The definitive and much cited case regarding the question of whether an imposition of a charge or fee by the government constitutes a tax is Audubon Insurance Company vs Bernard, 434 So.2d 1072 (La. 1983), followed by Safety Net For Abused Persons vs. Segura. 96-1978 (La 4/8/97). 692 So2d 1038.. It is well settled in Louisiana that the nature of a charge is determined not by it's title, but by its incidents, attributes and operational effect. The nature of a charge must be determined by its substance and realities, not it's form. If the primary purpose of an assessment is to raise revenue, as opposed to the regulation of public order, that assessment would constitute a tax. Moreover, a tax is a charge that is unrelated to or materially exceeds the benefits of the regulatory purpose to be served.
HB 479 increases the employee contribution rate for certain (but not all) employees who are members of LASERS. The purpose and result is to raise revenue. The question then becomes, is the increase related to the regulatory purpose. The purpose of LASERS is to provide retirement benefits to state employees who are members of that retirement system. The increase in revenue generated by this bill would go to the state general fund.
As much as can be determined, past increases in employee contributions for current members of the retirement systems have been accompanied by a benefit enhancement. When current employees have been charged more, they have gotten something for it. Going from a contribution rate of 7.5% to 10.5% is not actually an increase of 3%, but in reality is an increase of 40%. Employees will be paying 40% more than what they pay now.
LASERS employees currently pay more than 50% of each year's cost of their benefit. The employees have consistently made their payments, while at times in the past, the employer (the state) has not. The employees are currently funding 53.15% of the benefit they will receive.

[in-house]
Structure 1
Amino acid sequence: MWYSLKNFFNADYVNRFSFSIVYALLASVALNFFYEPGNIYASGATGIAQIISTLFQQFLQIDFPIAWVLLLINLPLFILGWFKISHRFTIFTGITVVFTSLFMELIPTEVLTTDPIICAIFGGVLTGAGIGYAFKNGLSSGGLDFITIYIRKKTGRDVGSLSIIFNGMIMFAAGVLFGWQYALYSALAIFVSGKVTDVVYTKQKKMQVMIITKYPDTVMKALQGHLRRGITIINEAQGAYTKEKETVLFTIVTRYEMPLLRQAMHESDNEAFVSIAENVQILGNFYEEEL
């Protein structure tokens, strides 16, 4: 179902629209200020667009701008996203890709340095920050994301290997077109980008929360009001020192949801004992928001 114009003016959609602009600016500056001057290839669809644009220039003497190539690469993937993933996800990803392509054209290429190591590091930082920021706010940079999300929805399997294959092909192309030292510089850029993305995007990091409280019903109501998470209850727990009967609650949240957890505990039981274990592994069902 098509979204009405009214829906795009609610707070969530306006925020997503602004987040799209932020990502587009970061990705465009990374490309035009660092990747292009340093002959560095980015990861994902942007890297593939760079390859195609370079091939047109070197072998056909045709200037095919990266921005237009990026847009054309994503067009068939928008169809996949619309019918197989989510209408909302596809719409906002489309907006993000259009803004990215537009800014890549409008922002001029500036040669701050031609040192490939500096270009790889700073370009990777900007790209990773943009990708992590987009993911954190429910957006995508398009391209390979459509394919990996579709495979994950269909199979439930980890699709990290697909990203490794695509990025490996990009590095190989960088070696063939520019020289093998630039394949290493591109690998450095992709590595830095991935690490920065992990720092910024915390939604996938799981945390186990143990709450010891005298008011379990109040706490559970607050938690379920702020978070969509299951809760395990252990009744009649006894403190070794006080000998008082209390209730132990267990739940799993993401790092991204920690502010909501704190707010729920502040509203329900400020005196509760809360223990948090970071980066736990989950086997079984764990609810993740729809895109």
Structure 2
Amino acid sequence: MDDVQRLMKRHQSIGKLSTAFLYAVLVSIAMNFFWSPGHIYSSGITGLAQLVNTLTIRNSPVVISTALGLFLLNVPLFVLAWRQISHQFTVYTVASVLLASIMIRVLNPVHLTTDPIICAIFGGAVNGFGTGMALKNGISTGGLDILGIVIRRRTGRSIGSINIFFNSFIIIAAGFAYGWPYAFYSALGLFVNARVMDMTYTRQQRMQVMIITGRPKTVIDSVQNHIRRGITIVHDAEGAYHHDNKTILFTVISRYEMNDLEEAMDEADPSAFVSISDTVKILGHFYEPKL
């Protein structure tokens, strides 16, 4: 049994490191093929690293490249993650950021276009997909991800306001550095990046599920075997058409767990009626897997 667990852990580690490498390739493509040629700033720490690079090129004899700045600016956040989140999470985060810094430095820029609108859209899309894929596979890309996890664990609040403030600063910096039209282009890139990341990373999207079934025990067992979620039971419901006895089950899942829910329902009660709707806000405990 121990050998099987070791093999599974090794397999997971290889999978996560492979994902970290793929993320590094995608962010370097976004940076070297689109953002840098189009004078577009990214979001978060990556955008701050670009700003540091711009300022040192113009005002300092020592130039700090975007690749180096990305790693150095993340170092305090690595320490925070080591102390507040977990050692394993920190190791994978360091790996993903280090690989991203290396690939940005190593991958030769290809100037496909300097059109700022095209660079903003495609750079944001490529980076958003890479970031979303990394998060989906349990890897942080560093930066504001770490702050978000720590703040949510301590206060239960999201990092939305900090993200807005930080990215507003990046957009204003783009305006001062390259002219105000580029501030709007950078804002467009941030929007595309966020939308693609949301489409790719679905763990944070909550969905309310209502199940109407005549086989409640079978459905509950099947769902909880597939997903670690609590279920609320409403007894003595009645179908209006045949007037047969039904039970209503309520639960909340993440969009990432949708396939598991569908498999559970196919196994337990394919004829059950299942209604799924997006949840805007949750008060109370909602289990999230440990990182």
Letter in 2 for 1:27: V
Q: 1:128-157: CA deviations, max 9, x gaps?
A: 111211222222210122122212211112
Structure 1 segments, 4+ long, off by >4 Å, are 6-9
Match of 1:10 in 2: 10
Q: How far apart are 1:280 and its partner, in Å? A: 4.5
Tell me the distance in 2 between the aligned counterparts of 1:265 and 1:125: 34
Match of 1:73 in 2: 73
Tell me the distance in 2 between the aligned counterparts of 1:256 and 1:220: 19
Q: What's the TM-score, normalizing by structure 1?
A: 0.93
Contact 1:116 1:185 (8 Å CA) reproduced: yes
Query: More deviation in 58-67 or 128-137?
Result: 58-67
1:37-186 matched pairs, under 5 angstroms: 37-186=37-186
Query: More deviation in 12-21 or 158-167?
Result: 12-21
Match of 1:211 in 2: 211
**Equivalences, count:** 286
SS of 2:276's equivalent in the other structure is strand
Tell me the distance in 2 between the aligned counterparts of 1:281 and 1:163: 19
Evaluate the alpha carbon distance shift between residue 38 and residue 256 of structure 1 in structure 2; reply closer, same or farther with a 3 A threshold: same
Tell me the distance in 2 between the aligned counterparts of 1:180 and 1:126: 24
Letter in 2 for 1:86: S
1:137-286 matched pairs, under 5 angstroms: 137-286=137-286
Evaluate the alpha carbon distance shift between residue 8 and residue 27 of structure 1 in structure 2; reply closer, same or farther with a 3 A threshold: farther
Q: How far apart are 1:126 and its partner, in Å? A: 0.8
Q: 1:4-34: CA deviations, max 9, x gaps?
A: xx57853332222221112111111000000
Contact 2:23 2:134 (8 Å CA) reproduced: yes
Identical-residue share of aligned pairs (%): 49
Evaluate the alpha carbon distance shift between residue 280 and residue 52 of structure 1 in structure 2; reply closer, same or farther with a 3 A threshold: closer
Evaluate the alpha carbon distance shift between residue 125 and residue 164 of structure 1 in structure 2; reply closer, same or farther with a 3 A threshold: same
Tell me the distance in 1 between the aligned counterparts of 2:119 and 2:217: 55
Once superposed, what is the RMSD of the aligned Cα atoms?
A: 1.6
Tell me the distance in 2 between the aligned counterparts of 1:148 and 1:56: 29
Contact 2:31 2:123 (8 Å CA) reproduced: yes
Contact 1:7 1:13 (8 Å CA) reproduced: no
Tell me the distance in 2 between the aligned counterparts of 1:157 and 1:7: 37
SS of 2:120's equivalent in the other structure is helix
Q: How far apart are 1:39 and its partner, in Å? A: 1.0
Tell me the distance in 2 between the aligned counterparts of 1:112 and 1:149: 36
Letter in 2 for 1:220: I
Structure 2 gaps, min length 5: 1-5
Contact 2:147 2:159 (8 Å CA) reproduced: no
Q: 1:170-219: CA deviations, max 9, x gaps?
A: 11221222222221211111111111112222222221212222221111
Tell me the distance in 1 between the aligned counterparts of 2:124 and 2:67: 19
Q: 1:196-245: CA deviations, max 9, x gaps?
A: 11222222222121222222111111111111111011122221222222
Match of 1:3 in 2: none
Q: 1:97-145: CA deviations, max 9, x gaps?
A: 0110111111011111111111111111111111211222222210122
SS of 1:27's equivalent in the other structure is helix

The executive budget, as reiterated in original HB 1, on page 11, lines 22-25, indicate that it is intended that the increase in revenue gained by the 3% retirement contribution increase required by HB 479, was to increase the state general fund (and not the retirement system itself) by $24.6M. Employees will pay an additional $70M into the system, supplanting $25M in state general fund payments and $45M in federal and other funds. The administration has admitted publicly numerous times that the reason for the increase in certain LASERS employee contributions is to fill a gap in general fund revenues.
Because the revenue that would be seen from the increase would be placed into the state general fund to provide for the general operations of state government and not for the benefit of the employees and therefore unrelated to the system purpose, and clearly and materially exceed any indirect benefit the employees and bears no comparative relation to the system, the increase in the contribution rate to members of LASERS could be considered a revenue raising measure. The determination of whether the increase is a tax or a fee makes no difference in the need for a 213 vote of the legislature to pass, as required by the Louisiana Constitution under Article VII requires 2/3 vote to enact either. Therefore, in order to pass this revenue raising measure, a 2/3 vote of the House is required.
cc: Representative Pearson Representative Fannin